She dropped her dress and stood staring sightlessly in panic, low whimpering sounds coming from her mouth. Something terrible was going to happen to her - was already happening. Her lips quivered and her eyes flooded with tears. In terror, consumed by thoughts of her imminent death, she ran home to hide in the downstairs closet.

Jimmy, arriving home about twenty minutes later, opened the closet to find her huddled under the coats, wracked by convulsive sobs.

"What's wrong, Lee?" He dropped down on his knees. "What're you doing in here?"

"I'm dying." She sobbed, her face chalky.

"You're what?"

"I'm bleeding to death. I know I'll die."

He stared at her for several seconds, then reached to cup his hand over the back of her head.

"You're not dying, Lee," he said softly. "Hasn't anybody talked to you?"

"What about?" She stared back at him with enormous, fearful eyes.

"Wipe your face." He gave her his handkerchief. "We'll go upstairs."

She got up and came out, feeling miserable and uncomfortable, letting Jimmy take her hand and lead her upstairs. He didn't knock at the bedroom door the way they were supposed to but just opened it and took Lisa inside. Letty looked at the two of them, letting the book she'd been reading drop onto the blanket, prepared to smile. The smile got lost as she took in the look on Jimmy's face and the red-eyed misery on Lisa's.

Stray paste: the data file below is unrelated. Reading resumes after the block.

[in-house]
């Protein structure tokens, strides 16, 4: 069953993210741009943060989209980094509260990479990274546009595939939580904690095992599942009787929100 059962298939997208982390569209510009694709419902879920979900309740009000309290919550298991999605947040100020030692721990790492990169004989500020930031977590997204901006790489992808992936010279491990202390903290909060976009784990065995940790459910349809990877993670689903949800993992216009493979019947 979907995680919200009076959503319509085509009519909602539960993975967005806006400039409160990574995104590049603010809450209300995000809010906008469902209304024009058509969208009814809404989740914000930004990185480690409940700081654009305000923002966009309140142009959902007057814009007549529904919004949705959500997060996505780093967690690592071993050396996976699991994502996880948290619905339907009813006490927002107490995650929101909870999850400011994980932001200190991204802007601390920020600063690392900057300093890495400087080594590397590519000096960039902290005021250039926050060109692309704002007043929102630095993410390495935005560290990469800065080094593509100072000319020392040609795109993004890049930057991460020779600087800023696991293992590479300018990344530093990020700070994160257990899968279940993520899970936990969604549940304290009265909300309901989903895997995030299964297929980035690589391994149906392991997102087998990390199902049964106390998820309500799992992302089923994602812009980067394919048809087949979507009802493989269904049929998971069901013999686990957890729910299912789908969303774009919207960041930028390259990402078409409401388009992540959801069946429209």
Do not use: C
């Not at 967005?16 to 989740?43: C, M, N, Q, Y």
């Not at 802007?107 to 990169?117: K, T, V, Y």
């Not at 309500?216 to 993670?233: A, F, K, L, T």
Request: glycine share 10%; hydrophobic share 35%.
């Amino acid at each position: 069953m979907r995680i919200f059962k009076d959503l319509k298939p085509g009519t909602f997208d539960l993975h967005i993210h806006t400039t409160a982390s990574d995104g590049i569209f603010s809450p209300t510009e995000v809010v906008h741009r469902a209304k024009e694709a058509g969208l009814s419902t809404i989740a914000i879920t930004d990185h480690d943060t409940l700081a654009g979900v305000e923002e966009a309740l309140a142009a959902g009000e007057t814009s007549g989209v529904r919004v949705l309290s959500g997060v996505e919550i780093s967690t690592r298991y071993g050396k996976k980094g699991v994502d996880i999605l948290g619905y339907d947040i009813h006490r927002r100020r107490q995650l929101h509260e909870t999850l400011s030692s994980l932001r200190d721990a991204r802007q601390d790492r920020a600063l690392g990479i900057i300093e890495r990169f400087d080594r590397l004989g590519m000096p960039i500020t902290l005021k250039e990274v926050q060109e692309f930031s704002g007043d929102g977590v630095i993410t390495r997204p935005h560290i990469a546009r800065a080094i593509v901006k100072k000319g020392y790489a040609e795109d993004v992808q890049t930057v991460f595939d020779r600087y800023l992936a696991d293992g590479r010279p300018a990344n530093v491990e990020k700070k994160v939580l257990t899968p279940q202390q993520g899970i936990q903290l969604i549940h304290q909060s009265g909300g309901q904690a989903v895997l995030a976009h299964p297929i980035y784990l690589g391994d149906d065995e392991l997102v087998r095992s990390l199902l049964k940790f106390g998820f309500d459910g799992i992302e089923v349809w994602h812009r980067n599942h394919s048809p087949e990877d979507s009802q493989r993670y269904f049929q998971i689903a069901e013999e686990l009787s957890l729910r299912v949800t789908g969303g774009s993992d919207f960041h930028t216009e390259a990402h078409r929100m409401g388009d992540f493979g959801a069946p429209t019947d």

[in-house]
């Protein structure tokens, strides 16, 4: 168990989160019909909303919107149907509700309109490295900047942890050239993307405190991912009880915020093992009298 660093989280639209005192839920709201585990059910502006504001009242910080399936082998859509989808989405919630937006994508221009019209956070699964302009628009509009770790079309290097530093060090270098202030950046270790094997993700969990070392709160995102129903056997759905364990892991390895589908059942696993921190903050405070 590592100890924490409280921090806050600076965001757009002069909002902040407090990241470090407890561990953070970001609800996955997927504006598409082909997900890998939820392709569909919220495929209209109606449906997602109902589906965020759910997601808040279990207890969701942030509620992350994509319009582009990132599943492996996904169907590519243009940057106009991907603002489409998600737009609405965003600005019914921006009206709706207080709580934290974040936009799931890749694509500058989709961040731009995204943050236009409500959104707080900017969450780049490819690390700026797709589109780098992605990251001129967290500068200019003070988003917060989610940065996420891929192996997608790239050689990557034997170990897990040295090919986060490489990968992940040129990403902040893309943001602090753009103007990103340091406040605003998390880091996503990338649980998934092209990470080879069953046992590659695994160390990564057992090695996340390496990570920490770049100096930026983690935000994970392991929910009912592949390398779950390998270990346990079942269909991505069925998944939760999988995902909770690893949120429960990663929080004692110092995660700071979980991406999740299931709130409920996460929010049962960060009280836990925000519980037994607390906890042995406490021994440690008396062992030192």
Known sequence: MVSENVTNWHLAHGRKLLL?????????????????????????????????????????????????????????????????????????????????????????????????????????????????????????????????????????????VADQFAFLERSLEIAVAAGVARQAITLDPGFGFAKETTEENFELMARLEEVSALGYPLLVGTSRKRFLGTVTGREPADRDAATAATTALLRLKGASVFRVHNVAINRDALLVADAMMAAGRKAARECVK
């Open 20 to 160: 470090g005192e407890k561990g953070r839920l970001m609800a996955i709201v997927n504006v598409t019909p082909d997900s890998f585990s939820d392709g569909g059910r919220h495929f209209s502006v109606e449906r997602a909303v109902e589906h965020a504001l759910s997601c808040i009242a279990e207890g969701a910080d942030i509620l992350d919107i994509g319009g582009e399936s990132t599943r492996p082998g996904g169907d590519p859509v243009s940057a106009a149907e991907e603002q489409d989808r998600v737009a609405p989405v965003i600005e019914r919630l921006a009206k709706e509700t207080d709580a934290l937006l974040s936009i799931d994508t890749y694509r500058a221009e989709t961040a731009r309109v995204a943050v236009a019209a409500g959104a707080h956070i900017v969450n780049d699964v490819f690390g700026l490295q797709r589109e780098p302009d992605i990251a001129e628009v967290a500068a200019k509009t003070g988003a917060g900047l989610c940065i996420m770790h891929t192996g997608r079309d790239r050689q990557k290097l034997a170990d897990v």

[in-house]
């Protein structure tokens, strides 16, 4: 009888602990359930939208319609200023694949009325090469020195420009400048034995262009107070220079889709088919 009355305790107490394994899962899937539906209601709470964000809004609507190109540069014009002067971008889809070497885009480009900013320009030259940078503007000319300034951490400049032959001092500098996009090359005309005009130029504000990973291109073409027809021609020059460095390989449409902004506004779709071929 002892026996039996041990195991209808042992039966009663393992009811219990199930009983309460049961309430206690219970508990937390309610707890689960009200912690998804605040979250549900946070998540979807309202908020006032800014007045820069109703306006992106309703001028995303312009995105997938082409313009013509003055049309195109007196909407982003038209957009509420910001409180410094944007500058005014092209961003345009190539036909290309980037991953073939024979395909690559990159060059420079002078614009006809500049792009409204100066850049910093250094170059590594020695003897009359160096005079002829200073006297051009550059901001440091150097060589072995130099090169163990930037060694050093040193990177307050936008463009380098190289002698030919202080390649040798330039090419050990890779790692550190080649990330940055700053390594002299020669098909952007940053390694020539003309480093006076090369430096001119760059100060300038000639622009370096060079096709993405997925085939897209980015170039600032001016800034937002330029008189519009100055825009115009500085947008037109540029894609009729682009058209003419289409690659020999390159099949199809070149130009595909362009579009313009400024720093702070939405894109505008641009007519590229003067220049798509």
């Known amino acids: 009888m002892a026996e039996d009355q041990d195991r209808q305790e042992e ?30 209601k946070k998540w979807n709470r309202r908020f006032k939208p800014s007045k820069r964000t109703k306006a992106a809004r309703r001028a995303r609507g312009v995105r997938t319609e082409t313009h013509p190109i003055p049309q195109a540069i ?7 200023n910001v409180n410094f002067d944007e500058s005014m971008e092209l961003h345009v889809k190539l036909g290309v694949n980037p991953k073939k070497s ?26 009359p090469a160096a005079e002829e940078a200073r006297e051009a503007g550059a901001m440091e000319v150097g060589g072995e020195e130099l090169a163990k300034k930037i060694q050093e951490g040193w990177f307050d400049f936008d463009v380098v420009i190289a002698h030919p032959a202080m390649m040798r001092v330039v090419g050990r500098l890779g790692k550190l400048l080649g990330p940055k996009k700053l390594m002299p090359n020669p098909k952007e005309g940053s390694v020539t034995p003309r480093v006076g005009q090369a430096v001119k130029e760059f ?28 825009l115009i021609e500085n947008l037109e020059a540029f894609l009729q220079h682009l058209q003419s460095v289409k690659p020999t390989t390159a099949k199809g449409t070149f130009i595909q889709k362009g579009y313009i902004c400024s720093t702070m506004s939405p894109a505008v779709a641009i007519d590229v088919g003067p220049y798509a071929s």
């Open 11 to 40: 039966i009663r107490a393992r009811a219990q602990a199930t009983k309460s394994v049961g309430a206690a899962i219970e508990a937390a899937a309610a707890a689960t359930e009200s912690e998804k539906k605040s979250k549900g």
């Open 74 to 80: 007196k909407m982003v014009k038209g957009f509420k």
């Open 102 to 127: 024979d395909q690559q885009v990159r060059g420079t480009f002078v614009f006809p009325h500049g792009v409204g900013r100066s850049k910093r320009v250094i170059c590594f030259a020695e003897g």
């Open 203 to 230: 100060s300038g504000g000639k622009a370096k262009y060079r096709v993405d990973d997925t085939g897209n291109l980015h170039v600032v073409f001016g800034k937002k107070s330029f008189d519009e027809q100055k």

"It's time for you to have a little talk with Lisa," he said meaningfully.

Letty looked confused. Lisa looked down at the dusty tips of her shoes.

"You know," Jimmy said, his hand in the middle of Lisa's back, gently urging her to move toward Letty.

Letty didn't know what he was talking about. She looked at him and then at Lisa and then back to Jimmy, who inclined his head to one side, trying to visually transmit his message. Lisa heard the front door open and Hugh's footsteps on the stairs and felt her stomach muscles clenching up like a fist. She wanted to go to her own room. She didn't want to stay there.

"What've we got here?" Hugh asked, coming around behind the two of them to stand beside Letty at the bed.

"You ... She has to talk to Lisa," Jimmy said, feeling anger slowly building inside. Why the hell were they being so thick?